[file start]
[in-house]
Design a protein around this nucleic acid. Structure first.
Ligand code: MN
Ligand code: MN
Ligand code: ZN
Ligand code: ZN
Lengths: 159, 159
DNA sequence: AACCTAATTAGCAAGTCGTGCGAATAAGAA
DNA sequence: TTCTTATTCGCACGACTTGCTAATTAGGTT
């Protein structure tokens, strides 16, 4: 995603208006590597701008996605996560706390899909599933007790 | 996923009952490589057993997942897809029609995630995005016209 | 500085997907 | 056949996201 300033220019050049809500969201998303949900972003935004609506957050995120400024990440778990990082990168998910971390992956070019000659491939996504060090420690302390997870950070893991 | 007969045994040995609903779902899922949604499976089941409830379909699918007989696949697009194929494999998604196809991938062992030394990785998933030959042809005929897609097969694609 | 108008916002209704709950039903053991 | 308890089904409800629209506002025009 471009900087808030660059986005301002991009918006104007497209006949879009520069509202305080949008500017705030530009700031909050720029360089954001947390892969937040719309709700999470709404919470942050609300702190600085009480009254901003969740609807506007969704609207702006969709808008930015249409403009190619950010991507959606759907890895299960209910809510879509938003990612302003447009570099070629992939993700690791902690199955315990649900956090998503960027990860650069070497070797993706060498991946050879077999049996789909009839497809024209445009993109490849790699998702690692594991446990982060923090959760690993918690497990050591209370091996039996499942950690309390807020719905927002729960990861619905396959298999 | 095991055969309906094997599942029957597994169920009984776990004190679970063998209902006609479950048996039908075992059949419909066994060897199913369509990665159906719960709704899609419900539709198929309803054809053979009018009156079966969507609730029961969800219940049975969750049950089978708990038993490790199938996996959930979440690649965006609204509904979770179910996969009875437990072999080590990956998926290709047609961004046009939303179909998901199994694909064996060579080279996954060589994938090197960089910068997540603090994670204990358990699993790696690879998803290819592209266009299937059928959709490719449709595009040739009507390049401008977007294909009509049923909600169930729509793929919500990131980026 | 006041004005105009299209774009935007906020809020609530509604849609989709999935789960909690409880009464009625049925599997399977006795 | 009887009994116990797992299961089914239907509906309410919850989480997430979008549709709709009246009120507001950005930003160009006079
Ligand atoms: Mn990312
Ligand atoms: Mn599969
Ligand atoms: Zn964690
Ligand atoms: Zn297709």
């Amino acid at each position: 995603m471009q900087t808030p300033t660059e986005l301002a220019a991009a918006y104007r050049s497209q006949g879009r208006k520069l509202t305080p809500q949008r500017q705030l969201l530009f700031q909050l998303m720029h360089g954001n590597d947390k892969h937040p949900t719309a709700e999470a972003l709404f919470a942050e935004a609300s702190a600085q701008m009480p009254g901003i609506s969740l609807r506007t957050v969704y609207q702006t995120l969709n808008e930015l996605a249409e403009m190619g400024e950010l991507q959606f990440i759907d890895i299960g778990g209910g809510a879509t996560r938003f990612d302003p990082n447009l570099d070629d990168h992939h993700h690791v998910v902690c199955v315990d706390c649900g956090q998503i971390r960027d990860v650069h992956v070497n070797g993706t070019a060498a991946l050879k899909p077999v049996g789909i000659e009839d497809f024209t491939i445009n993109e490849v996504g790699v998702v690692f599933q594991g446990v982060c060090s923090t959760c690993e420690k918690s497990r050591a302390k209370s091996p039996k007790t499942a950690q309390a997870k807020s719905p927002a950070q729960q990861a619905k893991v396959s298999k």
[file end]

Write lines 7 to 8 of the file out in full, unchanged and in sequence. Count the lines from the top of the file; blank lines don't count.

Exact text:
Lengths: 159, 159
DNA sequence: AACCTAATTAGCAAGTCGTGCGAATAAGAA